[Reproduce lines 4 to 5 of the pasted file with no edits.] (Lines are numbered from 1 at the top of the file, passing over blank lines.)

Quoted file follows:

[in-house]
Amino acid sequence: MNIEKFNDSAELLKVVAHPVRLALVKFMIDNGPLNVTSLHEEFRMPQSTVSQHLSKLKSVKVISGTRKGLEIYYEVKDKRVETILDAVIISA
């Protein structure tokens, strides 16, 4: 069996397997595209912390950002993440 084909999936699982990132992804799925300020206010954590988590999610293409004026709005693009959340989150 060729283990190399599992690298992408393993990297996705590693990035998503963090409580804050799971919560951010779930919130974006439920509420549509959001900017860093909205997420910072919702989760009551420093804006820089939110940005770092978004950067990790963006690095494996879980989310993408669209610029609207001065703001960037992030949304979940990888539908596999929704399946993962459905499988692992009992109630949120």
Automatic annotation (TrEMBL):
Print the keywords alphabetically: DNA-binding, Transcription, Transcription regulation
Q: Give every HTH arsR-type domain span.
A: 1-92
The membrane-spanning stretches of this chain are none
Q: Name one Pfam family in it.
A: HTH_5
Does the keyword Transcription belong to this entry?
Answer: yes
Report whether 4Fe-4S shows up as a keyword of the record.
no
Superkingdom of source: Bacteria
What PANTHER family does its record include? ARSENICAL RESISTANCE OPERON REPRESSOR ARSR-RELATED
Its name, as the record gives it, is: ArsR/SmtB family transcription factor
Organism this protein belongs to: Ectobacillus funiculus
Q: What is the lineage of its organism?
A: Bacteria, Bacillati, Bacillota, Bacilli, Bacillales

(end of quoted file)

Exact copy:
Automatic annotation (TrEMBL):
Print the keywords alphabetically: DNA-binding, Transcription, Transcription regulation